An Orthodox approach to a gadget-filled world
The full scope of Jewish texts and traditions couldn't help the rabbi sort this one out: Could he inline-skate to synagogue on the holy...
The Associated Press
CAESAREA, Israel — The full scope of Jewish texts and traditions couldn't help the rabbi sort this one out: Could he inline-skate to synagogue on the holy day of rest and prayer?
Dov Kaplan decided he should go straight to the top for an answer — a religious sage in Jerusalem who rules on what's acceptable and what's not, under Orthodox Jewish codes. His verdict? Roll on, including Saturdays.
The case this fall was more than just a quirky display of Torah scholarship.
Our modern world of gadgets and hobbies makes being true to faith increasingly difficult for Jews who strictly observe Shabbat, or the Sabbath, and its detailed list of forbidden activities. The ban includes any type of commercial labor, nearly all modes of transportation and anything construed as igniting or extinguishing "fire," such as cooking or even flicking a light switch.
Any dilemma over Shabbat — like the roller-skating question — will likely find its way to a crammed wedge of offices on a Jerusalem hilltop.
The space serves as a kind of one-stop answer factory: its staff responding to letters and e-mails, its head rabbi issuing religious decrees, and amateur inventors tinkering on work tables to find Shabbat-acceptable devices.
Among the latest projects is a doorbell that uses air pressure instead of electricity.
"We believe the Torah is a living document and needs to address modern issues, especially with the incredible pace of change," said Rabbi Levi Yitzchak Halperin, a shaggy-bearded scholar who directs the Institute for Science and Halacha, the term for the body of Jewish law. "But we are not an institute that is looking for loopholes."
On roller-skating? "That wasn't a real hard one," a smiling Halperin said. Kaplan's dilemma arose after plans were made for a second synagogue in Caesarea, a town of 5,000 people on the Mediterranean coast.
Cars are out on Shabbat. Bicycles are banned because of the risk of fixing a chain or flat, which would be considered work. So Kaplan thought of zipping between the two synagogues using in-line skates.
"We must have respect for Jewish law and traditions," said Kaplan, 45, who was raised in New York and emigrated to Israel when he was 11. "But we also have to show that Orthodox rabbis are not distant, unapproachable and closed to new ideas. Who knows if I'll actually skate. It's more about making a point."
Halperin's institute saw no problem: Skates can't break down like bikes. The approval for skating on Shabbat joined the eclectic annals at the institute — a mix of library, workshop and warehouse.
In one room, Orthodox rabbinical students pore over books. Next door is a workshop loaded with switches and wires, a place to experiment with ways around using electricity on Shabbat.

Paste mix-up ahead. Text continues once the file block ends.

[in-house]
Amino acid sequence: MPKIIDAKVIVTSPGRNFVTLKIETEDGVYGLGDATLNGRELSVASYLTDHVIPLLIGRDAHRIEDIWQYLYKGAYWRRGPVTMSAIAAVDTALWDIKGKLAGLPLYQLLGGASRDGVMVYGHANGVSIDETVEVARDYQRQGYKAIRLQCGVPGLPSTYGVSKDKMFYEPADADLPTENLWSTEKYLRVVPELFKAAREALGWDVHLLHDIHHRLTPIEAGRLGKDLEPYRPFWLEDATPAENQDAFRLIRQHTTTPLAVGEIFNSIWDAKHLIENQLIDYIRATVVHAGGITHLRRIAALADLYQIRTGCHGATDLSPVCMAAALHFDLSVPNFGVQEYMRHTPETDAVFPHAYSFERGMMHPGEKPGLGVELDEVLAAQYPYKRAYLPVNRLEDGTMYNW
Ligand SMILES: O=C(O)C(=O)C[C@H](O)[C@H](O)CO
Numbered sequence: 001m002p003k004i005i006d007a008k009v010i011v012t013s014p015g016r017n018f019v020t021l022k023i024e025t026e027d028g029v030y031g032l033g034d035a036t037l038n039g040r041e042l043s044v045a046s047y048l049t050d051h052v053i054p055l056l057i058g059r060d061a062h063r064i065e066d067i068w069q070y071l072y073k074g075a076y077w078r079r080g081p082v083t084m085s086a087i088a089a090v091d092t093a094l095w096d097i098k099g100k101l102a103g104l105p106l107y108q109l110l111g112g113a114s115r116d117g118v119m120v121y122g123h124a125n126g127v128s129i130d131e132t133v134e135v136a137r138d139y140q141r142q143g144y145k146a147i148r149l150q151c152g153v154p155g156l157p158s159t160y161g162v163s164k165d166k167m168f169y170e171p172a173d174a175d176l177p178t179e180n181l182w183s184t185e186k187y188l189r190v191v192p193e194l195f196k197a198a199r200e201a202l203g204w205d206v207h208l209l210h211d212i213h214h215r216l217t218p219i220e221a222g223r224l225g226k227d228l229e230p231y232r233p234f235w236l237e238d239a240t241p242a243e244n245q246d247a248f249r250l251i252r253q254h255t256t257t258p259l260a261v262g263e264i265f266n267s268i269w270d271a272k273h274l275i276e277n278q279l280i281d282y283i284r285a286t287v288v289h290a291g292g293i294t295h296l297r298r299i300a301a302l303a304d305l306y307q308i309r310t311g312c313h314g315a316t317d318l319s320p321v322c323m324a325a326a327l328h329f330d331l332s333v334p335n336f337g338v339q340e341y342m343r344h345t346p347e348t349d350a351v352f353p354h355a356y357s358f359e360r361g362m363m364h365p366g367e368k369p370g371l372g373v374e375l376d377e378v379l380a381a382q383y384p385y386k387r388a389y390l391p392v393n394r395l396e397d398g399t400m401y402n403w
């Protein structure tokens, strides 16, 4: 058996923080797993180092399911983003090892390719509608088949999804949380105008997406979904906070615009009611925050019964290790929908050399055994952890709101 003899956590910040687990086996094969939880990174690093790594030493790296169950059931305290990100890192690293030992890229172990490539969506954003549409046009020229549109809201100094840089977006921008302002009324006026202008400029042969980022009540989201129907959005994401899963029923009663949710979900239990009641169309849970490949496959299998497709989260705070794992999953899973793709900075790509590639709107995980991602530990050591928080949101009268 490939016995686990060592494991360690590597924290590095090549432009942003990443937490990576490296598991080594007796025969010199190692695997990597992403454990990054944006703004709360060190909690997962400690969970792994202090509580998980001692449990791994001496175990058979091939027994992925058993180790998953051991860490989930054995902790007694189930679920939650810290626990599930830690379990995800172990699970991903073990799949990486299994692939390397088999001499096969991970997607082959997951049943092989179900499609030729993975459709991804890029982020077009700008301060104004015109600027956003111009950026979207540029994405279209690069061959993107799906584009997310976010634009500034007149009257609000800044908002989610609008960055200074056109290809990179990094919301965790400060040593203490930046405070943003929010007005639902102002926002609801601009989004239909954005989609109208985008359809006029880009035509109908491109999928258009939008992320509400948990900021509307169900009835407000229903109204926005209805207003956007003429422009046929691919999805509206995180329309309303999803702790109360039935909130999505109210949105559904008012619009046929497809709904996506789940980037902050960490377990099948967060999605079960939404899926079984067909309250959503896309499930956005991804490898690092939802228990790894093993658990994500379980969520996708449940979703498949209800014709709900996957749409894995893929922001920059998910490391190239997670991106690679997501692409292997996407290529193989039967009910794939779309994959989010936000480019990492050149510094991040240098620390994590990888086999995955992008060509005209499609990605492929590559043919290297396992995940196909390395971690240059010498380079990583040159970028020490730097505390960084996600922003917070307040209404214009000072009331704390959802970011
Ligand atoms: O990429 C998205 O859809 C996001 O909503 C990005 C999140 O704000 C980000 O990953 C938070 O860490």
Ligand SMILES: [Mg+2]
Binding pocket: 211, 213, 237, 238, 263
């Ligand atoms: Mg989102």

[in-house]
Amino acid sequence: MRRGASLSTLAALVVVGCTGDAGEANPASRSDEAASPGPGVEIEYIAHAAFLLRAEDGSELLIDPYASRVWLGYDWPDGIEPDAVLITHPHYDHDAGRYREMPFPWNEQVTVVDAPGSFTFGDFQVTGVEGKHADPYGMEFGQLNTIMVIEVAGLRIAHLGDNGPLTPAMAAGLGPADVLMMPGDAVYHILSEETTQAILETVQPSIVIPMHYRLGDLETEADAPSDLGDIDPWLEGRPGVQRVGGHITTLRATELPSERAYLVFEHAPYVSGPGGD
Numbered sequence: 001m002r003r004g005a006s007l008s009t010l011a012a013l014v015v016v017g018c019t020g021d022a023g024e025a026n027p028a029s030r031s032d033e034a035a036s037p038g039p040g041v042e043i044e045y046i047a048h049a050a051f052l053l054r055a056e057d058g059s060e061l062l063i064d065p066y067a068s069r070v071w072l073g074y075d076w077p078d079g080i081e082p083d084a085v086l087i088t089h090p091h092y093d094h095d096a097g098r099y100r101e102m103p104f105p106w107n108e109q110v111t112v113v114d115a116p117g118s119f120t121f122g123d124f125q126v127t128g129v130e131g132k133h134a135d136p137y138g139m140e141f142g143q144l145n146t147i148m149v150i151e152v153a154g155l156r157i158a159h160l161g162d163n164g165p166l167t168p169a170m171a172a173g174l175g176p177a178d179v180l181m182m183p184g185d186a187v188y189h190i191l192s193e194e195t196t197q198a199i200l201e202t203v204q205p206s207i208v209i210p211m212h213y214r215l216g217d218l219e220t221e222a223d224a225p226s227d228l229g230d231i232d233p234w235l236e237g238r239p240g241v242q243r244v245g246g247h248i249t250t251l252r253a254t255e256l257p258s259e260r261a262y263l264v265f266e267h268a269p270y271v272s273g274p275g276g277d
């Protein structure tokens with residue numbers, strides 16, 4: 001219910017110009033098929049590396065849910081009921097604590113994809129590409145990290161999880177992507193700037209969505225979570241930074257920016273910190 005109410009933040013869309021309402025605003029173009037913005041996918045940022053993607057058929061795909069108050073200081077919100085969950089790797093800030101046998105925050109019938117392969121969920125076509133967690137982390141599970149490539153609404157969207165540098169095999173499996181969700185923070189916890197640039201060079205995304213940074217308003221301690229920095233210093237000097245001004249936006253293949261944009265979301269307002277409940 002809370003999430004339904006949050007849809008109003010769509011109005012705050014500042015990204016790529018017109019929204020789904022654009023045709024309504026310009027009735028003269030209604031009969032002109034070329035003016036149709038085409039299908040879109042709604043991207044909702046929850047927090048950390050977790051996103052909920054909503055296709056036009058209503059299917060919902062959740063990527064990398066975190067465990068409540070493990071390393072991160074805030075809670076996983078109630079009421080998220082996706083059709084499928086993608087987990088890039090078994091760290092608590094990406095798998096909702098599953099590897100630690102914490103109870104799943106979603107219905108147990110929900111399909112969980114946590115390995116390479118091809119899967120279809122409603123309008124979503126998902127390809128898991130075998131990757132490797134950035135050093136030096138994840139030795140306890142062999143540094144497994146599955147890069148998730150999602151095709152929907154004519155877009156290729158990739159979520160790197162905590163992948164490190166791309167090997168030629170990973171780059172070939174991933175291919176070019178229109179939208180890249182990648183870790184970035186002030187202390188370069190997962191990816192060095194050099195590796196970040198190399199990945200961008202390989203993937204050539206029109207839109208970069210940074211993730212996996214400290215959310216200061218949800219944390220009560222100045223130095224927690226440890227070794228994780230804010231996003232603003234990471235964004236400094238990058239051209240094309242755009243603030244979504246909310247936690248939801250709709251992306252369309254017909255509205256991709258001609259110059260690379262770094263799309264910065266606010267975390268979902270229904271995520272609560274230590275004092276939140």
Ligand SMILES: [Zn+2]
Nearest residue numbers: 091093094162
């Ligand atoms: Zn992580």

Other Jewish groups offer guidance on Shabbat and other matters, but Halperin is considered the definitive voice.
When the institute opened in the 1960s, electricity was the main source of inquiries and innovations — which some ultra-Orthodox dismissed as diluting Jewish law.
About a third of Israel's Jewish population adheres to Shabbat codes to some degree. In the U.S., about 7 percent of Jews identify themselves as Orthodox.
Under Orthodox views, it's forbidden to "close" an electrical circuit on Shabbat — for example dialing a phone or hitting an elevator button.
The solution was developing appliances, phones and other devices with preset open-and-close cycles.
It's no longer so straightforward. Halperin is peppered with requests of all kinds.
Can the institute develop a TV remote for Shabbat? Not interested in even trying.
Stem-cell research? Yes, Halperin says, if the process will not alter a patient's genetic makeup. Cloning, however, is considered wrong.
Sperm banks? There are many obstacles, Halperin notes. But in some cases — such as a husband who froze his sperm before he died or was rendered sterile — it's possible since reproduction remains within the family.
The queries have even reached beyond this world.
Shabbat questions about space travel were first raised for Israeli astronaut Ilan Ramon, who was aboard the space shuttle Columbia that broke apart during re-entry in 2003.
When, it was asked, is Shabbat in outer space since the observance begins and ends with sunset? Halperin's conclusion: Keep watch of the hours from the moment of blastoff and calculate when Shabbat would occur at the launch pad.
Other solutions require a bit more elbow grease. One is tucked into a corner: an attempt to create a pneumatic-powered wheelchair as an alternative to the electric motor for Shabbat. There are still some bugs, admits researcher Rabbi Shmuel Strauss.
"It still doesn't have the efficiency of a battery," Strauss said. "We're working on it."